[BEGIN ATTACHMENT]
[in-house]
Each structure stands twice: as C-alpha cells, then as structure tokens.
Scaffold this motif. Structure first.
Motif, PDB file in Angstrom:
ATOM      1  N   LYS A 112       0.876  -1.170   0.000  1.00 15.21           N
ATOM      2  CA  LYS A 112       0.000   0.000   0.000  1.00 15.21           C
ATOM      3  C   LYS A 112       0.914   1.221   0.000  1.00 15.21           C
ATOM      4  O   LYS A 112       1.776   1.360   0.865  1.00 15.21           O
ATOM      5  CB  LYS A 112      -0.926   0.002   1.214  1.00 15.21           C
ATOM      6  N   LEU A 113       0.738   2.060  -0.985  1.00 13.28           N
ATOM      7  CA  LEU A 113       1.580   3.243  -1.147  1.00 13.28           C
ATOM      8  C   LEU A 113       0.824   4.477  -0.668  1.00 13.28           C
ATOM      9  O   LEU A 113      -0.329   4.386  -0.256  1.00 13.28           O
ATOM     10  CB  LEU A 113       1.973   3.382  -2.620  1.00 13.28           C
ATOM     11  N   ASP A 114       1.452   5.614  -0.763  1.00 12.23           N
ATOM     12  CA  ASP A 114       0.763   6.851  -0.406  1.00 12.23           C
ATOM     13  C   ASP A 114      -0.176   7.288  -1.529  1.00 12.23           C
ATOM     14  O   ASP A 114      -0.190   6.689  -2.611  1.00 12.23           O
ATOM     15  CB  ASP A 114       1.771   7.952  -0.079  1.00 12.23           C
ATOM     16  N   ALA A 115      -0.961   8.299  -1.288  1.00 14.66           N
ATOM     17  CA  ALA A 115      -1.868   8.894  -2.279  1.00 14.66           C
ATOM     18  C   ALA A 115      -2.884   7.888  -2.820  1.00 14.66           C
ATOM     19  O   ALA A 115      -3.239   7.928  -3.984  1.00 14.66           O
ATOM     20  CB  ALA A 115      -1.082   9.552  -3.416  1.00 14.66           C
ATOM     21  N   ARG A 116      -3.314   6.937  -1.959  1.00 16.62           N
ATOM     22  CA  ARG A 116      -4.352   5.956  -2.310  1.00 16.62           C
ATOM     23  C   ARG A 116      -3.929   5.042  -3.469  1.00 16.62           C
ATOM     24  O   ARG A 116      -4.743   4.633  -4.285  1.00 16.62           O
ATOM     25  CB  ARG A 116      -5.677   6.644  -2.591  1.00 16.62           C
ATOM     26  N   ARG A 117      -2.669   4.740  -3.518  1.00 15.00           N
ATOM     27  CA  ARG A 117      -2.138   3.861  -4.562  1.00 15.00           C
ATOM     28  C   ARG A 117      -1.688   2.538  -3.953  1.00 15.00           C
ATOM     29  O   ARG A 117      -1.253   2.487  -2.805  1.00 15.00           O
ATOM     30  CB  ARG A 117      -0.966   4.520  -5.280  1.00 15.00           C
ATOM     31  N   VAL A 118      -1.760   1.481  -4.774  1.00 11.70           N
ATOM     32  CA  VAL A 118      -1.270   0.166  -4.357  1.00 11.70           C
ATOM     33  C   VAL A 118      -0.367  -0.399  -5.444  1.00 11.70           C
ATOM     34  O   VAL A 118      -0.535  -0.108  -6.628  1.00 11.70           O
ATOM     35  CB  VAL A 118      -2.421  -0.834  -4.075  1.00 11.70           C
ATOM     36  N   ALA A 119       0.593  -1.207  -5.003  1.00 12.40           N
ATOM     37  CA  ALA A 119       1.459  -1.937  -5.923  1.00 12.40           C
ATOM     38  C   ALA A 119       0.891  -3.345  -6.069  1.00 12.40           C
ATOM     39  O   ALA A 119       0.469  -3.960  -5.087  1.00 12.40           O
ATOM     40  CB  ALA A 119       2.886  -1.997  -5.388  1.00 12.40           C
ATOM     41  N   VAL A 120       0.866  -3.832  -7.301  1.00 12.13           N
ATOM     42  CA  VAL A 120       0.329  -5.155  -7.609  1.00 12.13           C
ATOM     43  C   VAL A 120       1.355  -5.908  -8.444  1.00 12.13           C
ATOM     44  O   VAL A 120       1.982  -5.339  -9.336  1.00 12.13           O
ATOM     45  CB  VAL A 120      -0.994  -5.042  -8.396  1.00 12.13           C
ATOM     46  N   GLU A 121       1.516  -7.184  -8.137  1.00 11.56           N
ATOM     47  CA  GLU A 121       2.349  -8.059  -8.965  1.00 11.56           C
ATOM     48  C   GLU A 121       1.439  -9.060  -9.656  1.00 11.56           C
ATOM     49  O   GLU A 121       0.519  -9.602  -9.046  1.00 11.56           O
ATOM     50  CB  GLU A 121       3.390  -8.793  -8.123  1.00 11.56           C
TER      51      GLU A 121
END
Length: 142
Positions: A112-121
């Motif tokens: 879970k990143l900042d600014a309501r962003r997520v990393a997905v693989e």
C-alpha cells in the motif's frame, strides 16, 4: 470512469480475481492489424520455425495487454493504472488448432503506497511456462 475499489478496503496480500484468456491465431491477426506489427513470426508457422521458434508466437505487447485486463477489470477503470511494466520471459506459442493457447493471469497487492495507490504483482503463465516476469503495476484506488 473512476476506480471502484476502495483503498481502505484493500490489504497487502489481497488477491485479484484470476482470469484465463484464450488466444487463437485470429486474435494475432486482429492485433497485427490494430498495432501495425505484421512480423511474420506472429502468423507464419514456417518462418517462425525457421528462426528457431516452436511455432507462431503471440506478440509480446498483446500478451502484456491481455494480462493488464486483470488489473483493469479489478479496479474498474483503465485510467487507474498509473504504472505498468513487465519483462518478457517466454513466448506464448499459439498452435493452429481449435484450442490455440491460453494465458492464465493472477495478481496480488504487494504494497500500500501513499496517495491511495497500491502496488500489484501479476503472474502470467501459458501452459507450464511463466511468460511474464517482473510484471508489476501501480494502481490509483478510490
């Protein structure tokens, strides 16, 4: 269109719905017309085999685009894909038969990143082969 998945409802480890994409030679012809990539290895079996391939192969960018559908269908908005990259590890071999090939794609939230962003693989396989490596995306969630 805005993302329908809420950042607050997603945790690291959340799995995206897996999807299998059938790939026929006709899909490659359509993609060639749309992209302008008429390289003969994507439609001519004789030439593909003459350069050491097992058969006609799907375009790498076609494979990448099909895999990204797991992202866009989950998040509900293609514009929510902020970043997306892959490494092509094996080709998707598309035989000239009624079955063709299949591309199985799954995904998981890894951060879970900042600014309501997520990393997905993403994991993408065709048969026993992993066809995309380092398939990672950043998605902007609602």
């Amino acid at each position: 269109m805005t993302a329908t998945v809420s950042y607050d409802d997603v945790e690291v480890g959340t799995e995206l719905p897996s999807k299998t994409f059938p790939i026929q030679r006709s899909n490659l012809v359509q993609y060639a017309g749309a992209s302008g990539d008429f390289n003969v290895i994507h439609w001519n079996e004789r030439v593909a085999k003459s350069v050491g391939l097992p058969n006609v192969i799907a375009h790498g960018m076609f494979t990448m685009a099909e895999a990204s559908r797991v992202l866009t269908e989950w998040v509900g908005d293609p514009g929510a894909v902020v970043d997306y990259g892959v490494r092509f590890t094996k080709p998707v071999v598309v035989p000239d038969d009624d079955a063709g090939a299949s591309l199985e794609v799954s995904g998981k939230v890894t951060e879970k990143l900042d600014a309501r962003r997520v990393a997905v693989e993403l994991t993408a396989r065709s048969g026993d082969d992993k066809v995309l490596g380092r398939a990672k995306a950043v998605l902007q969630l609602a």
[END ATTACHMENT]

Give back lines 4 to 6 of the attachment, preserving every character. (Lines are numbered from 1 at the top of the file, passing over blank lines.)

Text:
Motif, PDB file in Angstrom:
ATOM      1  N   LYS A 112       0.876  -1.170   0.000  1.00 15.21           N
ATOM      2  CA  LYS A 112       0.000   0.000   0.000  1.00 15.21           C